The Raptors will have an advantage against the Pistons’ backcourt of Knight and Rodney Stuckey, but it’s doubtful they will be able to stop their front line.
Smith’s athleticism is equal to or even greater than Gay’s, and as good as Jonas Valanciunas is, he’s not strong enough to handle the twin towers of Drummond and Monroe inside.
The Wizards have a strong core going into next season.
Last season, the Washington Wizards and Toronto Raptors broke even against each other, splitting the series 1-1.
It’s likely to stay that way next season.
Much like the Raptors, the Wizards have kept their core together amongst the chaos of this NBA offseason.
However, unlike the Raptors, they had the No. 3 pick in this year’s NBA draft, which they used on Georgetown forward Otto Porter.
That’s a well-rounded lineup.
Of course, at the center of all this is point guard extraordinaire John Wall, who put up some crazy numbers at the end of last season—20.7 points, 7.8 assists, 4.5 rebounds with a 44.7 field-goal percentage after the All-Star break, via ESPN.com.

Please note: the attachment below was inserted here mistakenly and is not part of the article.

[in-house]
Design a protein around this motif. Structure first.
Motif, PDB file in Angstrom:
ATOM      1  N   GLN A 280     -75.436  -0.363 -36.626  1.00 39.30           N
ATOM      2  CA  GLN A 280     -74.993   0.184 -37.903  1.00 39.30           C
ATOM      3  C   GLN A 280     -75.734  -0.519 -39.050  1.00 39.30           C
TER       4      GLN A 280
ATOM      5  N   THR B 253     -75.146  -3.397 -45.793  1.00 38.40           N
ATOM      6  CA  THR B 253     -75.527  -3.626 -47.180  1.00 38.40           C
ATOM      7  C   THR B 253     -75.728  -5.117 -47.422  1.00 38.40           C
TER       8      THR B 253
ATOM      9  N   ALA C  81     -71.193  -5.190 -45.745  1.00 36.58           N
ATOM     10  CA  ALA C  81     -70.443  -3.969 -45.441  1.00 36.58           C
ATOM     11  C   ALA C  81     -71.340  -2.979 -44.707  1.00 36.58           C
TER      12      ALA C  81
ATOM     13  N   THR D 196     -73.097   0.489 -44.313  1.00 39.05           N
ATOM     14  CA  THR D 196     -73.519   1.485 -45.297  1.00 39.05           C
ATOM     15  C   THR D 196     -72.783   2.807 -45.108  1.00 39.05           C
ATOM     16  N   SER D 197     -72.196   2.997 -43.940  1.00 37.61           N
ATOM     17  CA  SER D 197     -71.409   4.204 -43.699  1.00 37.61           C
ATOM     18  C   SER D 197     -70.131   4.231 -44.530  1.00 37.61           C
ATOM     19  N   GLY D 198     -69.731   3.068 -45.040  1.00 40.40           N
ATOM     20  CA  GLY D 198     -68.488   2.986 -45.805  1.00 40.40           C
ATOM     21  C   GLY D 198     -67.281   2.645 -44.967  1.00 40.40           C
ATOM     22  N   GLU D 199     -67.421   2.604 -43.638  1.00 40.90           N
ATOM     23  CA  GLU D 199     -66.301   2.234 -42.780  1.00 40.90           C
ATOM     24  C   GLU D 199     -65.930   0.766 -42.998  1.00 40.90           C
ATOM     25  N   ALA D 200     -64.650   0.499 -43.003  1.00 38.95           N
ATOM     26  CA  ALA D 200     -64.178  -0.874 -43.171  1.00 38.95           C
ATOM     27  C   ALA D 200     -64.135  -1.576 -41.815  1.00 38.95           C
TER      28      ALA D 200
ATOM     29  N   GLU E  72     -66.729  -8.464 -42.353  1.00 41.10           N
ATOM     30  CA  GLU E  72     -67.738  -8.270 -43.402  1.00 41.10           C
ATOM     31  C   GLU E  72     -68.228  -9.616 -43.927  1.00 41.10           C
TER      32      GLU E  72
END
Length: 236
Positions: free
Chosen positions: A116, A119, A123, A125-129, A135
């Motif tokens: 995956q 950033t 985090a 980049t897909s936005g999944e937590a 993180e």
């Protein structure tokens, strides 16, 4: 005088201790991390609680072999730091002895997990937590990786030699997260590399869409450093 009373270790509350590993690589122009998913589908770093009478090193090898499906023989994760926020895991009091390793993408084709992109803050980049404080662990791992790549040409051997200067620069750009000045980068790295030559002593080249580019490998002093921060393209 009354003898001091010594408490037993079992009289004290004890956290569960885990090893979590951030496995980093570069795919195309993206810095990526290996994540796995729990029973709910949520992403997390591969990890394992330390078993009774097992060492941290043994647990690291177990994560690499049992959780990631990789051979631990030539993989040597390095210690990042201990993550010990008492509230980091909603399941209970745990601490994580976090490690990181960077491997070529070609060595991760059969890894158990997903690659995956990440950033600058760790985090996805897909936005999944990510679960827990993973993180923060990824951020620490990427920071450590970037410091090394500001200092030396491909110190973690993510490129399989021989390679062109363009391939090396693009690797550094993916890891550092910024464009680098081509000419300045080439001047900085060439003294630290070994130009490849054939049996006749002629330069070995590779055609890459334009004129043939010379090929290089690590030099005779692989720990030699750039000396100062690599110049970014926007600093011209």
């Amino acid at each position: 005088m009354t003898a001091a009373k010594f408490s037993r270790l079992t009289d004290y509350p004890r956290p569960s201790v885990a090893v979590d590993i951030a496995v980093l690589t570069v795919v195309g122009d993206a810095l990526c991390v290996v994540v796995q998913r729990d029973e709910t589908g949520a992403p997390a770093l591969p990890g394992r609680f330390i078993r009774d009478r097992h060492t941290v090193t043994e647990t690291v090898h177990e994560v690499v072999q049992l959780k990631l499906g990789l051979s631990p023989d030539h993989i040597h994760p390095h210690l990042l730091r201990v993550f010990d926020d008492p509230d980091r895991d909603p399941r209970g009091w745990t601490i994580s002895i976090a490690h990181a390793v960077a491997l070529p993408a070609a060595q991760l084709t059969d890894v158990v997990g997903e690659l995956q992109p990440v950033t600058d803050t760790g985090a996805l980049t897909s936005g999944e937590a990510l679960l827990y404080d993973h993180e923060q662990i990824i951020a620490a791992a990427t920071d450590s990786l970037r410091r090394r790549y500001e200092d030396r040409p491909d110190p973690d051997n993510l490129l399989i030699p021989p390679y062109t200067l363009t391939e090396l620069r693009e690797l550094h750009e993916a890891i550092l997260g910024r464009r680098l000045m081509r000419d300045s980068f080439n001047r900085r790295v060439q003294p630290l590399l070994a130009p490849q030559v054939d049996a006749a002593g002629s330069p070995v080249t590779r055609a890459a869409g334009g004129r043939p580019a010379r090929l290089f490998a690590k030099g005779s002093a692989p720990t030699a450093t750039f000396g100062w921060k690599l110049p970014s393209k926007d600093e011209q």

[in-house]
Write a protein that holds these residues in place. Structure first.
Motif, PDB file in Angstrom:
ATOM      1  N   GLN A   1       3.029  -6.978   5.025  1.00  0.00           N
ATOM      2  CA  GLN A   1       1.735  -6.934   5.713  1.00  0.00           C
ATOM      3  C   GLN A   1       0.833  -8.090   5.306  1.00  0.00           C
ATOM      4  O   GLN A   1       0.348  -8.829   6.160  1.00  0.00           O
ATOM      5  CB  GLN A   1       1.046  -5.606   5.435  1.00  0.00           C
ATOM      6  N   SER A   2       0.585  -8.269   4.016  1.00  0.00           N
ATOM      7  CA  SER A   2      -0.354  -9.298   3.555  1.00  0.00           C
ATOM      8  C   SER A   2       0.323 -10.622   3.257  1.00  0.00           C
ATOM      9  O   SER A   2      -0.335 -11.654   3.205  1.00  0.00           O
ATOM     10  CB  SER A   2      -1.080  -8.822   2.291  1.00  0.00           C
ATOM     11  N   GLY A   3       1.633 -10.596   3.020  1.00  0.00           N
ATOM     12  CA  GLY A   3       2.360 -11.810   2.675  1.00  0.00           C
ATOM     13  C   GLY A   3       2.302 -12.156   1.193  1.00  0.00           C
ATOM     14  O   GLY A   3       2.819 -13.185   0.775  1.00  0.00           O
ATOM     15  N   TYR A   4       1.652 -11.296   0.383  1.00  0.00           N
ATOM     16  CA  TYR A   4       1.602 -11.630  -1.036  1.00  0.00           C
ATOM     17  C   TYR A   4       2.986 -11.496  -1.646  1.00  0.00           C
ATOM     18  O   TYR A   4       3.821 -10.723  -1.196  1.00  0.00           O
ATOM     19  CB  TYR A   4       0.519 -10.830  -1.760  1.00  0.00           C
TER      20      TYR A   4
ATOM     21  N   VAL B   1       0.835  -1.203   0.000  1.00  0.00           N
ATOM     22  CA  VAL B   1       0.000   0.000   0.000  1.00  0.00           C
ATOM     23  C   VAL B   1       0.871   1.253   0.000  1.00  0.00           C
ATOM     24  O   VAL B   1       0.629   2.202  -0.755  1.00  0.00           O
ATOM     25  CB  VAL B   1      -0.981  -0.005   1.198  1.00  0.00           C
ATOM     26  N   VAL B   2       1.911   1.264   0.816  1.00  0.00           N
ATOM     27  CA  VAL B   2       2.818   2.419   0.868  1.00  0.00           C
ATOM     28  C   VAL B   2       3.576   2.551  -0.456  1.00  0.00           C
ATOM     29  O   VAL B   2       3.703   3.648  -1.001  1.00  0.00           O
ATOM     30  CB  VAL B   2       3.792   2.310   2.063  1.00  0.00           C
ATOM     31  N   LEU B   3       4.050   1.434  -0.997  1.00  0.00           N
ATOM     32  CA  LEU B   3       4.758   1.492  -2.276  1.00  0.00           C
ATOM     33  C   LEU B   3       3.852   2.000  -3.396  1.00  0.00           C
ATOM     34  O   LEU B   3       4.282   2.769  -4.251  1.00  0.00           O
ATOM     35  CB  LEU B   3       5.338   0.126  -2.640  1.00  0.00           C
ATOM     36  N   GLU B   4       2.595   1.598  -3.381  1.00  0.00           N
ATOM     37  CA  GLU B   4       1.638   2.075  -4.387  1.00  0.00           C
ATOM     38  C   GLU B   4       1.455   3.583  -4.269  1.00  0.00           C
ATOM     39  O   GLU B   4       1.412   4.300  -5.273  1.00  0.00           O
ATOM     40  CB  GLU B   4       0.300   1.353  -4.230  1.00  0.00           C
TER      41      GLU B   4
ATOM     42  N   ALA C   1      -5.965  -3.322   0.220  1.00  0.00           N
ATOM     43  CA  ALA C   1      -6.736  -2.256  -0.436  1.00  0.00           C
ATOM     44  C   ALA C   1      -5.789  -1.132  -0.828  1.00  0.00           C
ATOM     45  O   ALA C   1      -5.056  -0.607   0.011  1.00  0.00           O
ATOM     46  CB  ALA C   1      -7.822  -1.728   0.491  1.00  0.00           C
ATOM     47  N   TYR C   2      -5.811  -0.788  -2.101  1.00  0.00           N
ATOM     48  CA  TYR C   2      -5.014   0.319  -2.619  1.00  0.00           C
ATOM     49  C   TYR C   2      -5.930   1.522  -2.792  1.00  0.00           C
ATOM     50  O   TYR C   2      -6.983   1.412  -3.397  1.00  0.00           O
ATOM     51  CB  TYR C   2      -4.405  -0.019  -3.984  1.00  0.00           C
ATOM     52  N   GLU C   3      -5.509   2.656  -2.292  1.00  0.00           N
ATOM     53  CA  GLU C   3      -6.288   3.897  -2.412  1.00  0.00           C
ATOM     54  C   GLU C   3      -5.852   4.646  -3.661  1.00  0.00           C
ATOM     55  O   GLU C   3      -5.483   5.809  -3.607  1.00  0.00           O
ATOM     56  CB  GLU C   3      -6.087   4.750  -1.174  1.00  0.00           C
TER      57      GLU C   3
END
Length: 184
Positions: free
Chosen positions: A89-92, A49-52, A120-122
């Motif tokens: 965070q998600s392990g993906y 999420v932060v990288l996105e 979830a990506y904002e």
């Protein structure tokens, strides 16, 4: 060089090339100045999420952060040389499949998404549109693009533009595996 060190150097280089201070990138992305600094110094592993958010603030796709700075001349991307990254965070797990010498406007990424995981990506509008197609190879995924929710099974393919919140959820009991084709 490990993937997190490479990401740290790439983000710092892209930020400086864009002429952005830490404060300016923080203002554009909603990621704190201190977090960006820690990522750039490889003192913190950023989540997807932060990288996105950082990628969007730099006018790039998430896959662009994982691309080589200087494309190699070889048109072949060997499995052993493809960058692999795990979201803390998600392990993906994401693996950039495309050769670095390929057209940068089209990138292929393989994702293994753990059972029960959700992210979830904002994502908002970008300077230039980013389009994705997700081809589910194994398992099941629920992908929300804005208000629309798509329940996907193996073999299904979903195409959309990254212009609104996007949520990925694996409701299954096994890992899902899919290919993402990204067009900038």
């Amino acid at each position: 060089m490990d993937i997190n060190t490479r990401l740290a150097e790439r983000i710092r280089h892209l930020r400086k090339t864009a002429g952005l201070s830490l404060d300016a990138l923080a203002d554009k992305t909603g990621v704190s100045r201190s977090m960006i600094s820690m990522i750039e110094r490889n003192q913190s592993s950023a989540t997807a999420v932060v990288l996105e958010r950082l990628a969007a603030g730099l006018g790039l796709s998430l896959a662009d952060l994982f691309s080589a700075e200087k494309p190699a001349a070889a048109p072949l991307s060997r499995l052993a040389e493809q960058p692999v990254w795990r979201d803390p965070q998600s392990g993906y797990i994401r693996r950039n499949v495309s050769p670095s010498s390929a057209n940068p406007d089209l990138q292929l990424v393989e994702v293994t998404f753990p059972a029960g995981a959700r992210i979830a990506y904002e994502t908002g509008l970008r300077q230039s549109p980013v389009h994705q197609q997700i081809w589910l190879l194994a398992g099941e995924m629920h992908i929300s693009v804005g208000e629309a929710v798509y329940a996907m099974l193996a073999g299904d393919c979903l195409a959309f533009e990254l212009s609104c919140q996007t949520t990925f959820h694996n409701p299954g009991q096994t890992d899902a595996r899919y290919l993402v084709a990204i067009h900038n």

Wall should only be better next season, and with a full training camp (assuming Beal and Nene are healthy), this team looks to be a solid playoff contender. The Wizards haven’t made any flashy moves this offseason as of yet, but with their talented roster, they may not have to.
When the Raptors match up with this team, they likely won’t have an answer for Wall, but then again, not many teams will.
Where they can excel is inside the paint.
Nene and Okafor are big, but they had trouble staying healthy last year. Their games are also declining with age (only 27.2 minutes per game for Nene and 8.8 rebounds for Okafor this season, well below both of their career averages), meaning Valanciunas should be able to do some damage from the post.
Throw in the Raptors’ more experienced wing players, and Toronto should have a slight advantage over the Wizards, providing Valanciunas can do enough to offset Wall’s brilliance.